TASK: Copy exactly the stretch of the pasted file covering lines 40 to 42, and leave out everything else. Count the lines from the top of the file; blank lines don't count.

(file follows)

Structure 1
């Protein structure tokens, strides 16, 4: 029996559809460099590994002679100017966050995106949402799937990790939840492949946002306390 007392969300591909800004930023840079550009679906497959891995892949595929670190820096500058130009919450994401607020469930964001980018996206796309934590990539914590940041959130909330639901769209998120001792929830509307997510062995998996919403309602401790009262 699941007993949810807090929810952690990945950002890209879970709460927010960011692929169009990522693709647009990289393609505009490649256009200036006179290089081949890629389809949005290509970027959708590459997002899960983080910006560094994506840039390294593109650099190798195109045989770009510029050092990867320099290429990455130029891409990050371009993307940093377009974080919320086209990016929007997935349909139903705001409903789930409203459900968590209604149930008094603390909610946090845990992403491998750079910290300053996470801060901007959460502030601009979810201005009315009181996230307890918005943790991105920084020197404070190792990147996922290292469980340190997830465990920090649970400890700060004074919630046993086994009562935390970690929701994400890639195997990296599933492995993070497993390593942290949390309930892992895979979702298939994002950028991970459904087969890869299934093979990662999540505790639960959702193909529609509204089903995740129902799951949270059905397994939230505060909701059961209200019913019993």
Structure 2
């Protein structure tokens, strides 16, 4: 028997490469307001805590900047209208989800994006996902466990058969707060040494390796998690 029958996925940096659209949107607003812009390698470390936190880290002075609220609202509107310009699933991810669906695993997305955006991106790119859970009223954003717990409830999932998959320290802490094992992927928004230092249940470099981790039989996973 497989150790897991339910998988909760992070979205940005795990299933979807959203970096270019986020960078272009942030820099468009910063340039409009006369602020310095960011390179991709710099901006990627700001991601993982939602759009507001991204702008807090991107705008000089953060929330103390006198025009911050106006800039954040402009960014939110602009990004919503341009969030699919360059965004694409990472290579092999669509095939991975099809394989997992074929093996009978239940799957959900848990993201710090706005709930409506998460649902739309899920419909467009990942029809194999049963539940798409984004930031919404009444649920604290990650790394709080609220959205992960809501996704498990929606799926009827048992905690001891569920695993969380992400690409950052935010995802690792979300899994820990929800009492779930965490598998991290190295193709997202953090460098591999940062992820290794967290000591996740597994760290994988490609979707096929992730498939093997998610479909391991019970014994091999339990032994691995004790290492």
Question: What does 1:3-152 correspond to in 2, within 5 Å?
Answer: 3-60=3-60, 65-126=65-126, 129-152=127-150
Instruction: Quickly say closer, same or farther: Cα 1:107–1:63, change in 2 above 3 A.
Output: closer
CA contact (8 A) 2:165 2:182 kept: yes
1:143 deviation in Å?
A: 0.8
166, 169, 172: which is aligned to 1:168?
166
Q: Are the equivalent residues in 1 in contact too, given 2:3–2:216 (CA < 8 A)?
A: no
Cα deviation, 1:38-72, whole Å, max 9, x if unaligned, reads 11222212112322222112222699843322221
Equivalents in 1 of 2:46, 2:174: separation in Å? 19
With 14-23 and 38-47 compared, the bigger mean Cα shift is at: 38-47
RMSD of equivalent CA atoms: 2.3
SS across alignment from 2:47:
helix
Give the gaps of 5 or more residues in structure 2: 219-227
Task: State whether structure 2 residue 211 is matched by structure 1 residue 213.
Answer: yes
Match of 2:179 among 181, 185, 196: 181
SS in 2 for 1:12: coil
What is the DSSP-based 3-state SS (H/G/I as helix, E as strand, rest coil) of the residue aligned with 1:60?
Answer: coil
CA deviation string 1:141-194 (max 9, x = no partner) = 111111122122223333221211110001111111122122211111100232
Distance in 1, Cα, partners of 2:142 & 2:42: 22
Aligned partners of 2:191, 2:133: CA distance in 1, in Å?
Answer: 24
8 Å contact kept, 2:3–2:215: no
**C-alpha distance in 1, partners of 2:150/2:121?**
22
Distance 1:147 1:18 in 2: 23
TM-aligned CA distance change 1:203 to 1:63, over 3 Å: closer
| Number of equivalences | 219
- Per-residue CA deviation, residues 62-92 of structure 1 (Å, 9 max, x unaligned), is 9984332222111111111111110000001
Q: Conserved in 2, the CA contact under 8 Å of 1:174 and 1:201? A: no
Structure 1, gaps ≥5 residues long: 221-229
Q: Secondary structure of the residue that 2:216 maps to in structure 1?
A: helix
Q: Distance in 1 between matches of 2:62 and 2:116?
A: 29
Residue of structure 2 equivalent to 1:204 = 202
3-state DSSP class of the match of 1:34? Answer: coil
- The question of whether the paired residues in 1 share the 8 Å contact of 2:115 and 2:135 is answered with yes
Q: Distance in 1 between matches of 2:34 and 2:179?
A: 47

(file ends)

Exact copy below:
Q: Conserved in 2, the CA contact under 8 Å of 1:174 and 1:201? A: no
Structure 1, gaps ≥5 residues long: 221-229
Q: Secondary structure of the residue that 2:216 maps to in structure 1?